The case of Albert Thompson, a Jamaican national present in the UK since he was a child, attracted an outpouring of condemnation when it was revealed his cancer treatment had cost him £54,000 as he could not demonstrate sufficiently that he was British. He was left in the position of being unable to fund further treatment. Numerous others have since come forward setting out that, although they believed themselves to be settled here lawfully, they are struggling to access basic state services.
Thousands of Commonwealth nationals coming to the UK in the 1970s would have automatically become British, however many did not apply for documents and never left the UK. More and more individuals in these circumstances have learned what the immigration sector has known since 2012, that the Government are determined to make the lives of anyone who cannot adequately demonstrate their lawful status so utterly miserable that they will simply choose to leave, regardless of whether they have a case to put or not. This is what is known as the hostile environment.
Since 2012, the Home Office have created powers to remove access to the NHS (for all bar emergency treatment), prevent private renting, freezing bank accounts, and to revoke driving licences. There was also serious consideration of applying this policy to education at one stage. Whilst these policies were aimed at those without lawful status, it has created increasing difficulty for Windrush migrants who, whilst here lawfully, often lack the evidence to demonstrate it.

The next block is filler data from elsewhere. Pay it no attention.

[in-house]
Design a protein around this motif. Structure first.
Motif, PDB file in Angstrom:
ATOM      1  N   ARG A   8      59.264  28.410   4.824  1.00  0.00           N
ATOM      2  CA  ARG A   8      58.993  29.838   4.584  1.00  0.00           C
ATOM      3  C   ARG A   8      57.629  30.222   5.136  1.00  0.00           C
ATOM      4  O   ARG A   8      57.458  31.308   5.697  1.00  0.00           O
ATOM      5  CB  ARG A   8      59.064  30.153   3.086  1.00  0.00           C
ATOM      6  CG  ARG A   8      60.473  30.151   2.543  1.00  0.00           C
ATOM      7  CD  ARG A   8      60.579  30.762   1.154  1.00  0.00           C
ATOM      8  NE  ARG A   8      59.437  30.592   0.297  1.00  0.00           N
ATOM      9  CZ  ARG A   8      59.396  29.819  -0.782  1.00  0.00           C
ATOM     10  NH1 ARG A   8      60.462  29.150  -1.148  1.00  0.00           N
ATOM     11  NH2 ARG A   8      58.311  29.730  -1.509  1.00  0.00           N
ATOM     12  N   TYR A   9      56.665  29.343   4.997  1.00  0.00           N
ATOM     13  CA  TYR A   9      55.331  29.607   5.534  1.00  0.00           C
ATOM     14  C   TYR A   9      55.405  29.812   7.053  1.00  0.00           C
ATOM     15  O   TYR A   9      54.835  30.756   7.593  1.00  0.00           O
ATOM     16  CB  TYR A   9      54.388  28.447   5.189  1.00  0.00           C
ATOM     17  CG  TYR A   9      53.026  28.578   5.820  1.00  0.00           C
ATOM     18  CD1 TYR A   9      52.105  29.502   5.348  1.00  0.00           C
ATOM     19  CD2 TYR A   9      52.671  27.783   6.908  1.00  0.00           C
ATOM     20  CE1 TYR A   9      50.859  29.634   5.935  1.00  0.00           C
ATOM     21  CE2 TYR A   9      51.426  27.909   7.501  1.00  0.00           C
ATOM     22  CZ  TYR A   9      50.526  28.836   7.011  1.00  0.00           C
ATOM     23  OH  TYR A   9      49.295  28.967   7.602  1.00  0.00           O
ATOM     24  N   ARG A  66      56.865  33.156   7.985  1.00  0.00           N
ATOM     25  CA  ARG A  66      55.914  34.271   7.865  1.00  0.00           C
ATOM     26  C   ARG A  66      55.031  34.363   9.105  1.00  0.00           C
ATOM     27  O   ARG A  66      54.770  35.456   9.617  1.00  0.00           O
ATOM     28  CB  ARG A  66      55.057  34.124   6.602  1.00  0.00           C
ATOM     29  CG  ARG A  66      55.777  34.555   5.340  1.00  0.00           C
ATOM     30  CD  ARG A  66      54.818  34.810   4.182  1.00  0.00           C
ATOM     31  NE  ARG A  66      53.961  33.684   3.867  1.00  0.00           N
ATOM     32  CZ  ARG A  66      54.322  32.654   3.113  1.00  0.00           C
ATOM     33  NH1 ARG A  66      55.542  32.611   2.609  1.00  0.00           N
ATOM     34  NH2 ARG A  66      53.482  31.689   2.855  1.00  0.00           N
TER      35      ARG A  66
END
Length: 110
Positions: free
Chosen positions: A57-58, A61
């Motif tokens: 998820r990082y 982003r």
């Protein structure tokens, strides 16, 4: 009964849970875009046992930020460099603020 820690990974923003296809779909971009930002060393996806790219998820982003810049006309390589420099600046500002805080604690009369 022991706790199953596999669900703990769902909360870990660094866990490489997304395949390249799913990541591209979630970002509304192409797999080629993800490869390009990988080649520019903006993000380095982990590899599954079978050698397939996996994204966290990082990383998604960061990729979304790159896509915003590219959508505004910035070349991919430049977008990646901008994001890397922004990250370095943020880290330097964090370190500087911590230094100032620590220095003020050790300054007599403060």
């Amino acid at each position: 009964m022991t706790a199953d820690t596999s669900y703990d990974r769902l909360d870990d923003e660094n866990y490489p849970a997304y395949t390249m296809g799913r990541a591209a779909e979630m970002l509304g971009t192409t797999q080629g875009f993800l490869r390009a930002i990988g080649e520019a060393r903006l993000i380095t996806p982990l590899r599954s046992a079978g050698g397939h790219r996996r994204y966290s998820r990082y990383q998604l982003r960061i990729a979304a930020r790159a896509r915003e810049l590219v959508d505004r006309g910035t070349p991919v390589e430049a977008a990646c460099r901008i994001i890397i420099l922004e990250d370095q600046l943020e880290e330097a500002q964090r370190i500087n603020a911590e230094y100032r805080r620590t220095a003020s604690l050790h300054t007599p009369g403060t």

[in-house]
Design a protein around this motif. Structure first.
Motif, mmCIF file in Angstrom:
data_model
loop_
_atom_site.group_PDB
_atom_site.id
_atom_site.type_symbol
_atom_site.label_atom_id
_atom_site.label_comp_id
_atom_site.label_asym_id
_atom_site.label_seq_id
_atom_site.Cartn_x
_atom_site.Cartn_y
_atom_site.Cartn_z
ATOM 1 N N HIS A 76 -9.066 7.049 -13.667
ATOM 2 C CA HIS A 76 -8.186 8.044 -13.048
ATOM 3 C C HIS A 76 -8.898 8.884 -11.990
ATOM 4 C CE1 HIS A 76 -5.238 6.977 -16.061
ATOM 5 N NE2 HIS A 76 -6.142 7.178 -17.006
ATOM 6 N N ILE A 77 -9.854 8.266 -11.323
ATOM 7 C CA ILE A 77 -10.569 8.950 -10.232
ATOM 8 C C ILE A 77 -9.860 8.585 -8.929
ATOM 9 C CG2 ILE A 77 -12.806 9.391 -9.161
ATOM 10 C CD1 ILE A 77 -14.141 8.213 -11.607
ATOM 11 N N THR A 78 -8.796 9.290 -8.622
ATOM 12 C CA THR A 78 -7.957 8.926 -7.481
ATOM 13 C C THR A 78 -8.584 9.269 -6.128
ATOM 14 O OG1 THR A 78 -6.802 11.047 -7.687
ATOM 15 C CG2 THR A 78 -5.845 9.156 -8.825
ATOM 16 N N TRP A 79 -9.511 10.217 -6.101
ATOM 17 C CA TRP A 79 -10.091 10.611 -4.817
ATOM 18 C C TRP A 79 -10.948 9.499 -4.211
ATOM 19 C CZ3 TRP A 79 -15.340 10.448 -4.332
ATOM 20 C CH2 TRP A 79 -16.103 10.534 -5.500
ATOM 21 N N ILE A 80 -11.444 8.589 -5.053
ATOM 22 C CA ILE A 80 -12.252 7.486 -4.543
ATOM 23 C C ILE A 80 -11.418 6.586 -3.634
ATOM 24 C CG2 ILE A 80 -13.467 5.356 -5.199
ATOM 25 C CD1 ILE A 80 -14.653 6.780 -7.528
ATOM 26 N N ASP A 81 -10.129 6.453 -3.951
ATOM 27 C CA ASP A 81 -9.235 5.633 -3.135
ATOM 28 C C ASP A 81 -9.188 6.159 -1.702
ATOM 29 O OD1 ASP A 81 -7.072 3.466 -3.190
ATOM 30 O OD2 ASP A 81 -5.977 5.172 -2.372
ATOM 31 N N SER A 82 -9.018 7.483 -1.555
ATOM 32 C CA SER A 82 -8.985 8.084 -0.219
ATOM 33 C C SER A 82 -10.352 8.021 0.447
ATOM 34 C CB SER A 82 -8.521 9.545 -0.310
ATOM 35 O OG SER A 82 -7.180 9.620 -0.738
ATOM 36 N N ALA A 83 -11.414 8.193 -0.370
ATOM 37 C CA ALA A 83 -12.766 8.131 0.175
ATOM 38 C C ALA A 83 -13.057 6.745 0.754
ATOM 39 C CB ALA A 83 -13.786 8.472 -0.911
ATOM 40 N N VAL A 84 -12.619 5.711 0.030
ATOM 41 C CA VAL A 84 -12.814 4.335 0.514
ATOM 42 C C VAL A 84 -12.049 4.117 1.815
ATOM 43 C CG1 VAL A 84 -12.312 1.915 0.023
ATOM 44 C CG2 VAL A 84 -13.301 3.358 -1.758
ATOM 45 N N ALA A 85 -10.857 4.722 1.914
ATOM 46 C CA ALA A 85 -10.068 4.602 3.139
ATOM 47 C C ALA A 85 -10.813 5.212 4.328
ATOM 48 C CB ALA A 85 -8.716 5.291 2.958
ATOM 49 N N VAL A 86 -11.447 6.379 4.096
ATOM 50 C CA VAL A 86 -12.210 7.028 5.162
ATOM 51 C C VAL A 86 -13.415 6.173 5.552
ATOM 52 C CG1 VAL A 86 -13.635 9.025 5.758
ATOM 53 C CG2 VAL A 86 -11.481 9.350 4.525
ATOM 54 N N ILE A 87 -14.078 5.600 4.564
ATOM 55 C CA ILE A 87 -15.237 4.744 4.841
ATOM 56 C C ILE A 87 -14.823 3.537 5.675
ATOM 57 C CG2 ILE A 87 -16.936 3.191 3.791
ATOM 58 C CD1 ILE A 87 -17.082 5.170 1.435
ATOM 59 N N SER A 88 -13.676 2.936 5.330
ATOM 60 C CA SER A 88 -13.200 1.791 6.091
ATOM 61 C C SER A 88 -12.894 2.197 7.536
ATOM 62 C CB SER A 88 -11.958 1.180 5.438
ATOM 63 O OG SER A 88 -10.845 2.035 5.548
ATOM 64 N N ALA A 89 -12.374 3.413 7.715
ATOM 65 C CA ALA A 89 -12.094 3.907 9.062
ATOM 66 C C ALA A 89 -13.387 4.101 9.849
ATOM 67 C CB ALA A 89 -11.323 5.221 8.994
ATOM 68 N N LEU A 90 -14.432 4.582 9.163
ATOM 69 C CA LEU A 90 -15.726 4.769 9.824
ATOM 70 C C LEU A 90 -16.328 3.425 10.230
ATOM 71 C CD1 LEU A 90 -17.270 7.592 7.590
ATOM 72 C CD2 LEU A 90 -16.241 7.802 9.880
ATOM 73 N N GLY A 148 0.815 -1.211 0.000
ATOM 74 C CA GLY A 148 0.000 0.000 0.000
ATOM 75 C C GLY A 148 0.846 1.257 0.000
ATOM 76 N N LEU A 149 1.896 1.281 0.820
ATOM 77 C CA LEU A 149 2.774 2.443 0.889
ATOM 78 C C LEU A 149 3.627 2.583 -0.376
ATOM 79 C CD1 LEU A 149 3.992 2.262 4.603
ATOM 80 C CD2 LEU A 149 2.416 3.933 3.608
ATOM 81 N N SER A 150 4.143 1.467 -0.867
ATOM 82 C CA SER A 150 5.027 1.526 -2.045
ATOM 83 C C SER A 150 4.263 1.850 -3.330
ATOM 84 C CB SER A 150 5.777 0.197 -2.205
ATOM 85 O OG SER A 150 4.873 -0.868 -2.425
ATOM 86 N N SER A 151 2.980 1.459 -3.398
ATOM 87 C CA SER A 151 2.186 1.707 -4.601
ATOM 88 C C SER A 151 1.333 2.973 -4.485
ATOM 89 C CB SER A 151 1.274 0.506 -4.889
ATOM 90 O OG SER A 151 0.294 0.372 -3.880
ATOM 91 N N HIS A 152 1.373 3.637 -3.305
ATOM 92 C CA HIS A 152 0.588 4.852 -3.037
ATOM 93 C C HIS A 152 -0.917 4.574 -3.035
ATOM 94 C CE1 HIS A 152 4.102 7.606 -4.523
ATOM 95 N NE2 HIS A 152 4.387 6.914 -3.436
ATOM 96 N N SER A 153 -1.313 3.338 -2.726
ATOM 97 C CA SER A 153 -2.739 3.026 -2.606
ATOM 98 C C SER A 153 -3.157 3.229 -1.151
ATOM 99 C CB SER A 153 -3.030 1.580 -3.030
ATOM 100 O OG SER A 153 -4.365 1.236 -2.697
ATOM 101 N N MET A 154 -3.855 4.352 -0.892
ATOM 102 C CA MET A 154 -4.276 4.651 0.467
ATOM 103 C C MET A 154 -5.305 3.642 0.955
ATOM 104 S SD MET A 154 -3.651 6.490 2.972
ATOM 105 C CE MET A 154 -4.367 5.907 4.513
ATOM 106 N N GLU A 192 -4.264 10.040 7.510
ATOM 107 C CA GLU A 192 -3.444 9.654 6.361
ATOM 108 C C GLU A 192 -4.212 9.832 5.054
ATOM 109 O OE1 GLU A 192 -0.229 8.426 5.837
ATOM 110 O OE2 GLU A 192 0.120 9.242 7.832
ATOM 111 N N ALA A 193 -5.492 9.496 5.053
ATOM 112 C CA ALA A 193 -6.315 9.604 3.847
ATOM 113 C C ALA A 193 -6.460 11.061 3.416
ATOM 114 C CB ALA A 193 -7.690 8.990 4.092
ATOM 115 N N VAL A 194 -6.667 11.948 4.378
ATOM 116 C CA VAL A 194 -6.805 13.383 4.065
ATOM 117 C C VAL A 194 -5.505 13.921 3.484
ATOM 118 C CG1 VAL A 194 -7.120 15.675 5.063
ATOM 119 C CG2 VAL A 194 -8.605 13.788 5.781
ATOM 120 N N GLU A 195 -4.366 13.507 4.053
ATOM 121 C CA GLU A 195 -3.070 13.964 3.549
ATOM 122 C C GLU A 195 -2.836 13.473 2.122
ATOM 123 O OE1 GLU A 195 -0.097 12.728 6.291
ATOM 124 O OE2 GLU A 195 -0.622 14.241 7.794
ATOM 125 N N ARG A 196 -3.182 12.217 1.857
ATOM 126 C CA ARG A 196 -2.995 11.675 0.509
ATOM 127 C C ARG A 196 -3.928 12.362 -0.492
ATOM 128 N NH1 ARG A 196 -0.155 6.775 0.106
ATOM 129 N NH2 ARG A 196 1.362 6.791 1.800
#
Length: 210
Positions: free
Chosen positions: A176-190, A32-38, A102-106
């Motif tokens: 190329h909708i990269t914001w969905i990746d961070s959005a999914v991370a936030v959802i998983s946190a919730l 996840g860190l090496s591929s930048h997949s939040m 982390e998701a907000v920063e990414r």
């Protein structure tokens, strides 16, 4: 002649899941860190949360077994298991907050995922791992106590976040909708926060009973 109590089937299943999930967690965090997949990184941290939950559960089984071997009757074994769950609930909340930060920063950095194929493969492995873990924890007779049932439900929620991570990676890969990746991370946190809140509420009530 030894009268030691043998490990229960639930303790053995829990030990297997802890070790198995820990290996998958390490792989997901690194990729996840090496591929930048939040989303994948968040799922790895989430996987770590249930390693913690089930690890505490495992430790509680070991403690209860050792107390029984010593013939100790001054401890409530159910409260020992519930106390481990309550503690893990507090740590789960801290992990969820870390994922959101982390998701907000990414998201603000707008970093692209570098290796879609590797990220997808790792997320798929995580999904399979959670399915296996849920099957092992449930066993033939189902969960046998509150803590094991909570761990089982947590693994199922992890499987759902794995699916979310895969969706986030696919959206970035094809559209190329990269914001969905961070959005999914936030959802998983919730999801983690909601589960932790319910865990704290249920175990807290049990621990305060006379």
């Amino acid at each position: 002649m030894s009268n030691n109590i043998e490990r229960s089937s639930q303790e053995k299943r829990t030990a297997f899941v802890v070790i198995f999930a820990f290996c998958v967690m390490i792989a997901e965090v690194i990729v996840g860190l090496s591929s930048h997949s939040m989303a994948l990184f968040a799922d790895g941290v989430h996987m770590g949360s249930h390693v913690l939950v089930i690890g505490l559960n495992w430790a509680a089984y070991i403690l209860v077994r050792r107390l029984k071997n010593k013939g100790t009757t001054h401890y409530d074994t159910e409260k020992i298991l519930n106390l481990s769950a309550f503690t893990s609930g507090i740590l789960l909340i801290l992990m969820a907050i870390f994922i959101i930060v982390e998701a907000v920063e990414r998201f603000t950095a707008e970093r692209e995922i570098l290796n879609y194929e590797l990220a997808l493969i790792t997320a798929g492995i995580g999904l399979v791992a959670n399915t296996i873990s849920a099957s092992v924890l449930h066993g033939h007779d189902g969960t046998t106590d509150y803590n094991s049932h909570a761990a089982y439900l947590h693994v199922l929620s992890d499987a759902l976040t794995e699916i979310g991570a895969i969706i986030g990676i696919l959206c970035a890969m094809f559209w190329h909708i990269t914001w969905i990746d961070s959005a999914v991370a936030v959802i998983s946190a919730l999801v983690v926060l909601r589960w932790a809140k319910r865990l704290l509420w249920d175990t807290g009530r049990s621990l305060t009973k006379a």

The Home Office response has been surprising and is evolving due to increasing scrutiny. They initially wished to force paid applications on form NTL (No Time Limit) – a process for confirming someone has Indefinite Leave in the UK and arguing those affected should seek legal advice. Fees are now being waived, evidential flexibility being introduced and a dedicated team set up to resolve these cases. Those already removed from the UK as suspected illegals are having their cases reviewed.
The Home Office have again shown that they are immensely susceptible to public pressure on immigration. The British public have been polled as overwhelmingly in favour of supporting Windrush migrants so they can resolve their status and carry on as normal members of society. It has also hopefully opened their eyes to the bullying and unpleasant policies those without status in the UK face and the impact this has on them, their children and their family members who are often British or settled in the UK.